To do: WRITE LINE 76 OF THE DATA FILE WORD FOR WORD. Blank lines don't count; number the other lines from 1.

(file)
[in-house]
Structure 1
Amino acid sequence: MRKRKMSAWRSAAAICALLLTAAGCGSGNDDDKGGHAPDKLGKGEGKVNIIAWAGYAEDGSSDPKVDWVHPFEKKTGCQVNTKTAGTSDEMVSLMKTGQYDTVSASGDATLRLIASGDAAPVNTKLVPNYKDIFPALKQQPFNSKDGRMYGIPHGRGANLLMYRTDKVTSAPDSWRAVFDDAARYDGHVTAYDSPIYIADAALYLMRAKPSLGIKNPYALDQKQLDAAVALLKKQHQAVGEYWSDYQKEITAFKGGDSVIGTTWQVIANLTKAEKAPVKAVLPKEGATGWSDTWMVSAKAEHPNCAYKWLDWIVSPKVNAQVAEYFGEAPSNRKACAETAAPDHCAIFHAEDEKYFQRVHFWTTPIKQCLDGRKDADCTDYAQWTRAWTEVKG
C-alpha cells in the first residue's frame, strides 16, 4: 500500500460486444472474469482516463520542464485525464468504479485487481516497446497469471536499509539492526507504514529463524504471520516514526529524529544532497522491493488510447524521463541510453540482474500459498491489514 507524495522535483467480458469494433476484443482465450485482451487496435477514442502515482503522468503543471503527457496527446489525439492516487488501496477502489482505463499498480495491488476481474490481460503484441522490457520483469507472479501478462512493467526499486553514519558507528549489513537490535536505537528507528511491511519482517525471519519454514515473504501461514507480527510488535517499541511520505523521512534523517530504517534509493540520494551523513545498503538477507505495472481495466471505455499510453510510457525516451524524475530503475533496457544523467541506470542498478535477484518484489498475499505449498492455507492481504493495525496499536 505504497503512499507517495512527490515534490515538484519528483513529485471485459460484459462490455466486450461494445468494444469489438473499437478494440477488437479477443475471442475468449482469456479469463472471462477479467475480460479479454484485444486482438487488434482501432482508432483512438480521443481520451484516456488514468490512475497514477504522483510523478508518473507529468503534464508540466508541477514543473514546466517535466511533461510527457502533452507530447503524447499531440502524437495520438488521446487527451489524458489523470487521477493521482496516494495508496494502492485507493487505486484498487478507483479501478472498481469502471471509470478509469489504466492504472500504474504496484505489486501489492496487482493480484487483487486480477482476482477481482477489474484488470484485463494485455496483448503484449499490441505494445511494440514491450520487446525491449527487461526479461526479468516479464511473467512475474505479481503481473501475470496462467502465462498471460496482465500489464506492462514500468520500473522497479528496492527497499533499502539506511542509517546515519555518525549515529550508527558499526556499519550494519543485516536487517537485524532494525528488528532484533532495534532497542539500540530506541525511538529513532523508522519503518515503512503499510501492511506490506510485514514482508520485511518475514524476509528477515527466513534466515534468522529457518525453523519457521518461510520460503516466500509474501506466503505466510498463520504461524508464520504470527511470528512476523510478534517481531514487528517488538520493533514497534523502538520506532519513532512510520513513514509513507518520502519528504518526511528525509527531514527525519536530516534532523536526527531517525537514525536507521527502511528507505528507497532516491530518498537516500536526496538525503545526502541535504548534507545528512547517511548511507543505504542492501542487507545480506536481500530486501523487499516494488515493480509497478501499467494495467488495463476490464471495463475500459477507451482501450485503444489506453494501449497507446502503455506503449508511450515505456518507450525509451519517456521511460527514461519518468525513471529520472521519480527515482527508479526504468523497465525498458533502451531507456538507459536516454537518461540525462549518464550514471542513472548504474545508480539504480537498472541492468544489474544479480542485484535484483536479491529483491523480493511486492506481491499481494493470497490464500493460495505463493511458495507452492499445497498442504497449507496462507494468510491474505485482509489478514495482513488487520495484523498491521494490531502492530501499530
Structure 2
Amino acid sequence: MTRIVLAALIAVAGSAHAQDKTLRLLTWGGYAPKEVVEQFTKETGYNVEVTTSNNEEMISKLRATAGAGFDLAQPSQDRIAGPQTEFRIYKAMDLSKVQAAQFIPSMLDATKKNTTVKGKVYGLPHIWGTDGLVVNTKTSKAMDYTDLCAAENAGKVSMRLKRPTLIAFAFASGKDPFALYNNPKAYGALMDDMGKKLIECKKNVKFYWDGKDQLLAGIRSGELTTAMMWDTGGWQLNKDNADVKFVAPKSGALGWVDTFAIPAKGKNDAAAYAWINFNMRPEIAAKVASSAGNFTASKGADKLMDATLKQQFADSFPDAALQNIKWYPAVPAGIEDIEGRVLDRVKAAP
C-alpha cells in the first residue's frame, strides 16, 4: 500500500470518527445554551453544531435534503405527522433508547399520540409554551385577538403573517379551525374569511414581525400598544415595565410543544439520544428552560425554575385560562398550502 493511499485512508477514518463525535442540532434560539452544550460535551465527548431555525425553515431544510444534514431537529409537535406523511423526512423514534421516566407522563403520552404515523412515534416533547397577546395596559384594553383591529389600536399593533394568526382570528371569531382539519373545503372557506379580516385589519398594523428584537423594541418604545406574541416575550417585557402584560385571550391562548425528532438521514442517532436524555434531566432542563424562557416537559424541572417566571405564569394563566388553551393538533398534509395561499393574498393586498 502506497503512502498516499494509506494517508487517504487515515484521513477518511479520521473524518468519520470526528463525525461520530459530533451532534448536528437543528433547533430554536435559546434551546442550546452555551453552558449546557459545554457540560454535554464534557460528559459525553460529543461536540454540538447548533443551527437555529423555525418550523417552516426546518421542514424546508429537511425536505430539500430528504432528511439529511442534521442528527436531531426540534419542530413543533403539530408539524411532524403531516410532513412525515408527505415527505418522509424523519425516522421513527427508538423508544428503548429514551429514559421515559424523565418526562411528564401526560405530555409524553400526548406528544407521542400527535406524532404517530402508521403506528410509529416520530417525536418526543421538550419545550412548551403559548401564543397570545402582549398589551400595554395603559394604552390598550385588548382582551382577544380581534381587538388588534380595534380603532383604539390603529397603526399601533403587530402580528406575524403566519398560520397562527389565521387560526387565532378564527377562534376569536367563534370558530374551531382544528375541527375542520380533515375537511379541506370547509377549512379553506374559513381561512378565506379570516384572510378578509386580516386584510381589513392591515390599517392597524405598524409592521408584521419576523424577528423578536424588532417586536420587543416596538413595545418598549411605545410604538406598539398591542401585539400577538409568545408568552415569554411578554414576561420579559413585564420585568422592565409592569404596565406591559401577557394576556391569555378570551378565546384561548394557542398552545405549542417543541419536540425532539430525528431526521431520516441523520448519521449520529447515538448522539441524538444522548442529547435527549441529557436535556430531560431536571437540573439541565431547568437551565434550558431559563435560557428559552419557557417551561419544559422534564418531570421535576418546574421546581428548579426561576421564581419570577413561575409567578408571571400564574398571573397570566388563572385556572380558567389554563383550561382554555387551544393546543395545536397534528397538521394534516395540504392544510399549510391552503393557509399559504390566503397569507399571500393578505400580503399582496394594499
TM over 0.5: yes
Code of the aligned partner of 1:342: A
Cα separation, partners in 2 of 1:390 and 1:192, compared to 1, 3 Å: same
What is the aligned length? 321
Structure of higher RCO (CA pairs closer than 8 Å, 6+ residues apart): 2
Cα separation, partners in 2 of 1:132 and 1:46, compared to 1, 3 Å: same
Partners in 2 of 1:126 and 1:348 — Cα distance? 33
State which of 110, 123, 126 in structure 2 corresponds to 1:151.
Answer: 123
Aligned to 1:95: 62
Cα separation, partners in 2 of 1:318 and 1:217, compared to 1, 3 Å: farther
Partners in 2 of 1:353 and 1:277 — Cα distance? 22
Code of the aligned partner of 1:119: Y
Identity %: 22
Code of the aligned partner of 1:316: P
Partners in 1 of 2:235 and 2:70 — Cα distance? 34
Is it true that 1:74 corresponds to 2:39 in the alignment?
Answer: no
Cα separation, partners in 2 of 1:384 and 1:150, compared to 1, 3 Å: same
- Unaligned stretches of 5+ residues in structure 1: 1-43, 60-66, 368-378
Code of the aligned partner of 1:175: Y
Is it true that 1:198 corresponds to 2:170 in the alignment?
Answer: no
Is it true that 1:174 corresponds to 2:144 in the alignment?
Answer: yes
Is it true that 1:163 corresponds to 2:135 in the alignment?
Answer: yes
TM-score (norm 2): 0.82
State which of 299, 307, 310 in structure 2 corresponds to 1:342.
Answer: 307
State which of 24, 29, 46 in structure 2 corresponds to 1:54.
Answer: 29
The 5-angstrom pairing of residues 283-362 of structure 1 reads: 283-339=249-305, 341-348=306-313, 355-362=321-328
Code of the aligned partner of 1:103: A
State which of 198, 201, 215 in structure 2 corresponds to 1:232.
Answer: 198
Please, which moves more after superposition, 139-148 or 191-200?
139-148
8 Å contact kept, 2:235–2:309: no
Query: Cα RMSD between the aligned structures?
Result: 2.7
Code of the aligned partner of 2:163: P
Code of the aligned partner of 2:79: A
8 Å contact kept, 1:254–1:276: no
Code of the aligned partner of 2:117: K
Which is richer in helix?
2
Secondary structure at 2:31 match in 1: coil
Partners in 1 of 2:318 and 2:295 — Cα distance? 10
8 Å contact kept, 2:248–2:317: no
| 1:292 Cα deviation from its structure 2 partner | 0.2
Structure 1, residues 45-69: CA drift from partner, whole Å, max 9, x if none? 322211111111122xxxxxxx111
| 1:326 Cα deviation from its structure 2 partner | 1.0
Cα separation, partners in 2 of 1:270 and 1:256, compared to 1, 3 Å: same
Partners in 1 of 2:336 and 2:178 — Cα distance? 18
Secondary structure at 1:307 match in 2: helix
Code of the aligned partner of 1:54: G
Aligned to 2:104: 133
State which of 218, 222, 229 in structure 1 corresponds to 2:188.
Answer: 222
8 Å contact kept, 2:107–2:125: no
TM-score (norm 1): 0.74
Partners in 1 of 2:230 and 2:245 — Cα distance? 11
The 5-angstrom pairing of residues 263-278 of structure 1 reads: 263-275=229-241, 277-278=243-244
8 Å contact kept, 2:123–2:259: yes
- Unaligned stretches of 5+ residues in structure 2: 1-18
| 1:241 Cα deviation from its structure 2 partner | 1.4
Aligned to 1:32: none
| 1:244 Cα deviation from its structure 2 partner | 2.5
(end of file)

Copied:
| 1:244 Cα deviation from its structure 2 partner | 2.5